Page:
Texas asks Supreme Court to repeal California's multistate travel ban

Texas filed a lawsuit Tuesday asking the U.S. Supreme Court to overturn a California law prohibiting state employees from attending taxpayer-funded business trips to conferences in the Lone Star State.

Cases generally have to escalate from lower courts before reaching the Supreme Court, but the high court has exclusive jurisdiction over civil disputes between states.

California, since 2016, has barred its public officials from traveling on business to states California deems discriminatory to LGBTQ people. Lawmakers enacted the ban after North Carolina enacted a law requiring people to use the bathrooms that corresponded with their sex assigned at birth.

Texas was added to the list in 2017 after it passed a law allowing foster care and adoption agencies to deny services for religious beliefs, which California perceived as discriminatory against the LGBTQ community. The law does, however, require agencies to refer prospective parents to other organizations willing to work with them.

Texas Attorney General Ken Paxton asked the U.S. Supreme Court to overturn the California law on Monday, calling the ban “economic warfare” and an attempt “to punish Texans for respecting the right of conscience for foster care and adoption providers,” in a statement obtained by the Houston Chronicle.

In this May 1, 2018, file photo, Texas Attorney General Ken Paxton speaks at a news conference in Austin, Texas. (Nick Wagner/Austin American-Statesman via AP, File)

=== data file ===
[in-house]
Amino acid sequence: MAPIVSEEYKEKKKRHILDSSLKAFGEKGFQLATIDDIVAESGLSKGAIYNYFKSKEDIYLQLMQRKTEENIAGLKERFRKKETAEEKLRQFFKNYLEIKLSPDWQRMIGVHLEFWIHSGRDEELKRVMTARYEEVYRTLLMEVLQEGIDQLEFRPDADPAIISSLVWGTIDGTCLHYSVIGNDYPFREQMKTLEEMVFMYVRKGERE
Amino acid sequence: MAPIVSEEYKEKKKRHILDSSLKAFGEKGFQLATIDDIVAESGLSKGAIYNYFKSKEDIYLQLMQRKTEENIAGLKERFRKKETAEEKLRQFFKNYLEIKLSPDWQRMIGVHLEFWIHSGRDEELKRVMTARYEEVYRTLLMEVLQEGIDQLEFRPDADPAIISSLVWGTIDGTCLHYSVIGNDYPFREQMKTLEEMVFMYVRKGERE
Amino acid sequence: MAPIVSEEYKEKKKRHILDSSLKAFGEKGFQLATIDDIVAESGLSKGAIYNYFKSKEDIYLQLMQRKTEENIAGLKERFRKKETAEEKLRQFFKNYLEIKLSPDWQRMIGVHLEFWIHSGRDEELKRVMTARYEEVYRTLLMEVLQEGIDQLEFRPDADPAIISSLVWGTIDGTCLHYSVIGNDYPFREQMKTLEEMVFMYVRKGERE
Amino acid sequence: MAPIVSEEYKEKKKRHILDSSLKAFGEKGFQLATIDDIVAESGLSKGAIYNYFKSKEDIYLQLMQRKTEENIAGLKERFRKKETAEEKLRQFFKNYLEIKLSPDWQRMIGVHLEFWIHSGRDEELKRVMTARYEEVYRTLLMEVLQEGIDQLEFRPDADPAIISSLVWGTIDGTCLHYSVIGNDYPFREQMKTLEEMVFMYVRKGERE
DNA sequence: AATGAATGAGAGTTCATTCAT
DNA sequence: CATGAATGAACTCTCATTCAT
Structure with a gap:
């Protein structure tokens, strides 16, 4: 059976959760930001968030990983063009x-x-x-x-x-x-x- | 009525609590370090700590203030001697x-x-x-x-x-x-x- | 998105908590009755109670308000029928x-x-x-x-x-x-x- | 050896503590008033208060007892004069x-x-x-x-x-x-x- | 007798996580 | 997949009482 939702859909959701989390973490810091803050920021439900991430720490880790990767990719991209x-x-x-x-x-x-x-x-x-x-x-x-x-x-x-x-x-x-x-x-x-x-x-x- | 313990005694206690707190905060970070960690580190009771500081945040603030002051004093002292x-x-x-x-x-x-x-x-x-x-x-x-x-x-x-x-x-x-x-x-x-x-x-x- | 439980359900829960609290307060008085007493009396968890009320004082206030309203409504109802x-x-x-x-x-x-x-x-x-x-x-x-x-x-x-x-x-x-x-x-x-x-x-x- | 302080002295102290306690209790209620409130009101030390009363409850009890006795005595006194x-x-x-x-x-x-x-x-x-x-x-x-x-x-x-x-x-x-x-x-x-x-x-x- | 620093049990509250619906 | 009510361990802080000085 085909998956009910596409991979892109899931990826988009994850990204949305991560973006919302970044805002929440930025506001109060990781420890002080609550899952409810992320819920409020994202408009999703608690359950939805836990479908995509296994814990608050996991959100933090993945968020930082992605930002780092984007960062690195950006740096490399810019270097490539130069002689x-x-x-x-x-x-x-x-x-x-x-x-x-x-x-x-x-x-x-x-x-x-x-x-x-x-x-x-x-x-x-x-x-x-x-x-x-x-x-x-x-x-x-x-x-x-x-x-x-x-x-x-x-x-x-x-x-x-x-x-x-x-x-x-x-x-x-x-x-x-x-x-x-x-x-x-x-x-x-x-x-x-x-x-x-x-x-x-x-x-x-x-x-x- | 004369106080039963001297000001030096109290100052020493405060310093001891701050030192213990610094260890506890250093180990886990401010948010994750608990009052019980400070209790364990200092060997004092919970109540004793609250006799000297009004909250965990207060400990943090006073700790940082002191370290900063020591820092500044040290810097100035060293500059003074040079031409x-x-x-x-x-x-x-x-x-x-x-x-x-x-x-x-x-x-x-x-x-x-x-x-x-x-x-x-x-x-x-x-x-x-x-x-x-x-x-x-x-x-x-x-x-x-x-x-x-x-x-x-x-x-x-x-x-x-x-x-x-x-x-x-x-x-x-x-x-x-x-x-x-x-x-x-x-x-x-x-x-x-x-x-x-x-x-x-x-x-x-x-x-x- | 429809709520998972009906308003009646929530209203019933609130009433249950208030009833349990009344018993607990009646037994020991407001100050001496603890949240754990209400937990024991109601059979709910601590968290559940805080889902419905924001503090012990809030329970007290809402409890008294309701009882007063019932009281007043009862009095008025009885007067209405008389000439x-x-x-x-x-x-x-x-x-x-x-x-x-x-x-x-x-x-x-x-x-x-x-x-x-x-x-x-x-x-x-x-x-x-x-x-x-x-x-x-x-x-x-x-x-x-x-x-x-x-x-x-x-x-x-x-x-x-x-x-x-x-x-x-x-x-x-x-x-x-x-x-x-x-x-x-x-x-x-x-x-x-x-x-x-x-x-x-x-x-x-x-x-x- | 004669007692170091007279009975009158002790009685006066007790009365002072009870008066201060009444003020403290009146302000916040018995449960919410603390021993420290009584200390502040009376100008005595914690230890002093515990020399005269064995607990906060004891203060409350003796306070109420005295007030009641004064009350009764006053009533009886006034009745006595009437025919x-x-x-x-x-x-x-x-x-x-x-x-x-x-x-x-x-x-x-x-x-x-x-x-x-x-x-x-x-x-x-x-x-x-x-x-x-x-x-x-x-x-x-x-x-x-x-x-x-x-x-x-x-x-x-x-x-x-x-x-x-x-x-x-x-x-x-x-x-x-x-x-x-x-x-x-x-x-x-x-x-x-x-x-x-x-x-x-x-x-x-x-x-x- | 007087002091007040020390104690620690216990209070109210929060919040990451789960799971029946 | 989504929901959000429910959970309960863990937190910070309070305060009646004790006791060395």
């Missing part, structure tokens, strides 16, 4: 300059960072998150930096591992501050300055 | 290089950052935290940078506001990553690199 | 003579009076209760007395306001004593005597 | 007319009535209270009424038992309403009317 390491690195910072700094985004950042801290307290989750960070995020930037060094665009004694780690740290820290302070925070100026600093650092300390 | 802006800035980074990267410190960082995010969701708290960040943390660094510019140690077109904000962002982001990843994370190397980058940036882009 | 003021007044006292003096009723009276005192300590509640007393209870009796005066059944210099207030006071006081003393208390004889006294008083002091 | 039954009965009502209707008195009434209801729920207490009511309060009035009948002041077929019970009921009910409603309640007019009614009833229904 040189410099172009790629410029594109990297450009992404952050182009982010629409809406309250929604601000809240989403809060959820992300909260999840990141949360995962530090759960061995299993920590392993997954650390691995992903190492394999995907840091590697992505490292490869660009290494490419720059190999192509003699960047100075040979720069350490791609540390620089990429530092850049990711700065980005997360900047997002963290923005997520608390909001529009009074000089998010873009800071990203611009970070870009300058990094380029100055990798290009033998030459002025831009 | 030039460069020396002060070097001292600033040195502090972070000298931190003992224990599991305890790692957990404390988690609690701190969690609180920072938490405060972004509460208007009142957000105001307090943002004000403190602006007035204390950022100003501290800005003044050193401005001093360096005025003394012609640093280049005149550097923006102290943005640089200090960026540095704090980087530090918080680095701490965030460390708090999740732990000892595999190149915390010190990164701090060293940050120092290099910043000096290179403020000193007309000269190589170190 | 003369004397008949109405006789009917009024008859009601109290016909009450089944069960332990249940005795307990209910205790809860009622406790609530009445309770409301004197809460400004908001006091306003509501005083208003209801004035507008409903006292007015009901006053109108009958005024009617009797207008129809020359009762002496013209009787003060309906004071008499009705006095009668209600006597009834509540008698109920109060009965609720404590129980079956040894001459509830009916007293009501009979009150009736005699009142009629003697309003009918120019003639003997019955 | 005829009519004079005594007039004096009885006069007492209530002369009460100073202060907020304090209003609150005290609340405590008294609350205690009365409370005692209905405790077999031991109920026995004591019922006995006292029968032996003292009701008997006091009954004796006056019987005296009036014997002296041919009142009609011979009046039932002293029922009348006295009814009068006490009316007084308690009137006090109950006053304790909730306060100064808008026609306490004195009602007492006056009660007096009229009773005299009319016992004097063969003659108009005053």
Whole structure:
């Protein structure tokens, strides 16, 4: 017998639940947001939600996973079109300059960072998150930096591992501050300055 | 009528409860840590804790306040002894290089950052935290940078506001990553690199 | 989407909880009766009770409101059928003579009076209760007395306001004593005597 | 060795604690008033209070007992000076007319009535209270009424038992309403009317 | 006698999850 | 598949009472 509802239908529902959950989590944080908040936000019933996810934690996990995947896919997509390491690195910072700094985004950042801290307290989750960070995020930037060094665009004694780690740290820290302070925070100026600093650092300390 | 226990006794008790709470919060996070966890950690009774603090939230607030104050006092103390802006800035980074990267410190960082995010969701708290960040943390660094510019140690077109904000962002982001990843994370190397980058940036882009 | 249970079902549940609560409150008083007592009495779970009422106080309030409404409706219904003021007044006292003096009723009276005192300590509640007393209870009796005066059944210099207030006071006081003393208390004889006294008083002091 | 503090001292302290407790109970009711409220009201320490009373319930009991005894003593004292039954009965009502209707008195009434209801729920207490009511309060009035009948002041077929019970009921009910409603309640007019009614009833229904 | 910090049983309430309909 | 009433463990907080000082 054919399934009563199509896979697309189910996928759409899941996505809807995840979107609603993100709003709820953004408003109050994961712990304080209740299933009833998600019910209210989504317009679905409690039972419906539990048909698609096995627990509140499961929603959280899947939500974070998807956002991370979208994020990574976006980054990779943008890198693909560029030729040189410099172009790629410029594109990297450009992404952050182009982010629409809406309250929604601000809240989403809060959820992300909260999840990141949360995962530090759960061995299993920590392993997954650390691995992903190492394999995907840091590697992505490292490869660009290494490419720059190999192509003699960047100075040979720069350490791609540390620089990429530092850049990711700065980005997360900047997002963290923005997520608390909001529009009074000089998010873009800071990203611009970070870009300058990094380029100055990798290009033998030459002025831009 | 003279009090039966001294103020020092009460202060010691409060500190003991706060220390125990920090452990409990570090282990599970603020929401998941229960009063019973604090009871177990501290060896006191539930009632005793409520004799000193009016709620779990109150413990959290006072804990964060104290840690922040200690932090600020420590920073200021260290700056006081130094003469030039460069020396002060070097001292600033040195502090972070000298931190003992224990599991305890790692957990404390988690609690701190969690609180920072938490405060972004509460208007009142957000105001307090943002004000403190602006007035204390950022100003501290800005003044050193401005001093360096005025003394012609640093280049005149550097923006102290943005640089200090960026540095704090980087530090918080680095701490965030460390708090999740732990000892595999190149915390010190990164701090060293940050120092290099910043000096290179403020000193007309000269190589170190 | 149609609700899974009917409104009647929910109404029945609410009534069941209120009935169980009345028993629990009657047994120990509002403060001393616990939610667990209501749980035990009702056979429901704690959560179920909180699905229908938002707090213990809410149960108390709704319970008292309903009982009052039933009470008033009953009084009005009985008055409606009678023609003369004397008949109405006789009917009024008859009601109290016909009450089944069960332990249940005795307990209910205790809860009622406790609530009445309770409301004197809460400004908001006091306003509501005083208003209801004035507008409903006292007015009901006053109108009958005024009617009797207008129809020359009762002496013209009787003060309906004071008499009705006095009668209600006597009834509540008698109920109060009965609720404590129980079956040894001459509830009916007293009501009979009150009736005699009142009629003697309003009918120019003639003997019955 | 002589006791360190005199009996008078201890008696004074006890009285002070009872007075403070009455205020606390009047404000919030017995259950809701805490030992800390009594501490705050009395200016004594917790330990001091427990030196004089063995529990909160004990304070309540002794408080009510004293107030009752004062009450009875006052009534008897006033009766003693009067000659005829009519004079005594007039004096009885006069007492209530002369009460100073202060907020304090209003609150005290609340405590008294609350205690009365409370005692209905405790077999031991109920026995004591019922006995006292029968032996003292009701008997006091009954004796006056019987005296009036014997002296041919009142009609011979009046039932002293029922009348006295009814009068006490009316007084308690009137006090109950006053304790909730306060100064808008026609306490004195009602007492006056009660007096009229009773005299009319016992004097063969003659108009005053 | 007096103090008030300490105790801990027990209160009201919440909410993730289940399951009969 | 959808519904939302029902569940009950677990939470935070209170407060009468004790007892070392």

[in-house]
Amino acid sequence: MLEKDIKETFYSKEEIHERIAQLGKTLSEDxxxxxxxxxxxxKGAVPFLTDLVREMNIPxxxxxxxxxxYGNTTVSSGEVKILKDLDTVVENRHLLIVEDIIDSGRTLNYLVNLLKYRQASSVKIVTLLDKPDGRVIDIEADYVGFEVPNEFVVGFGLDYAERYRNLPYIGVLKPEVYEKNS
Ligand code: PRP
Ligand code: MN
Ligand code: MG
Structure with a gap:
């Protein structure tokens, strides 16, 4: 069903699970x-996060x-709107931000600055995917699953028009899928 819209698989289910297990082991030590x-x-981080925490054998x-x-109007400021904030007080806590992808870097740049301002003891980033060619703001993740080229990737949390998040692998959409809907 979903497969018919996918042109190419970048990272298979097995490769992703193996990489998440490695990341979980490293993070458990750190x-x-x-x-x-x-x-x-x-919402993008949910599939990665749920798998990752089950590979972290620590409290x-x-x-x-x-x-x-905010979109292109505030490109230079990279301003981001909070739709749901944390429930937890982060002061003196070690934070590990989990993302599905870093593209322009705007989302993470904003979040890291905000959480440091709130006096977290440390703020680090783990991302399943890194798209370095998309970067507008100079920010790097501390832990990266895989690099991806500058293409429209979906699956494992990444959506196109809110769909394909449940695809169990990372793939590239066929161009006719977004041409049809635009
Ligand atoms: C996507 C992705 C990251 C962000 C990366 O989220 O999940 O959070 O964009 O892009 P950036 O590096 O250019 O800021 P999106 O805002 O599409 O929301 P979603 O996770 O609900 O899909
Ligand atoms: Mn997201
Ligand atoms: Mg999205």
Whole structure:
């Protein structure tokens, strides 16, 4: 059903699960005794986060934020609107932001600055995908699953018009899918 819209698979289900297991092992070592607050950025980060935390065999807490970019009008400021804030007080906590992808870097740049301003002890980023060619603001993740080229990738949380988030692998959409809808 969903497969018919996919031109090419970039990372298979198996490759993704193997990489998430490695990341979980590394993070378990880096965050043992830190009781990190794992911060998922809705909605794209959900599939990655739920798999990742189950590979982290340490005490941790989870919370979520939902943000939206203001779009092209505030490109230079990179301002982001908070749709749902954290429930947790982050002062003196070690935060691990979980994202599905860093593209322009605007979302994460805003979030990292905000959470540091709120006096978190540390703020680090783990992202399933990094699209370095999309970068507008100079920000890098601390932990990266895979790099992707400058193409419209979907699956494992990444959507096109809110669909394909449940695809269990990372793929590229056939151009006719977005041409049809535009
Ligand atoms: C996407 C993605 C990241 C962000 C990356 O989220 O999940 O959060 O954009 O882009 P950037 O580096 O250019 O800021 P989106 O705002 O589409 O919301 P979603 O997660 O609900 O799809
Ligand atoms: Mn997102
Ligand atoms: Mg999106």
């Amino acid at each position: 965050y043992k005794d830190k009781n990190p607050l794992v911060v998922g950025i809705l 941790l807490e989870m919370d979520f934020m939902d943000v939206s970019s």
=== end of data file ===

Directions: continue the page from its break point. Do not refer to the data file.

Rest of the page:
In this May 1, 2018, file photo, Texas Attorney General Ken Paxton speaks at a news conference in Austin, Texas. (Nick Wagner/Austin American-Statesman via AP, File)

“The law California opposes does not prevent anyone from contributing to child welfare,” Paxton said. “Boycotting states based on nothing more than political disagreement breaks down the ability of states to serve as laboratories of democracy while still working together as one nation — the very thing our Constitution intended to prevent.”

The lawsuit claimed California’s ban was against the Constitution’s Privileges and Immunities Clause, the Interstate Commerce Clause and the guarantee of Equal Protection, the 14th Amendment.

The ban by California affects 11 states including Alabama, Iowa, Kentucky and South Carolina. Several states, such as Oklahoma and Tennessee, have responded with their own bans on state-sponsored travel to the Golden State.

Under the ban, not only state employees but also academics and athletes at state universities cannot use state money for travel, though they can fundraise from other sources.

The Associated Press contributed to this report.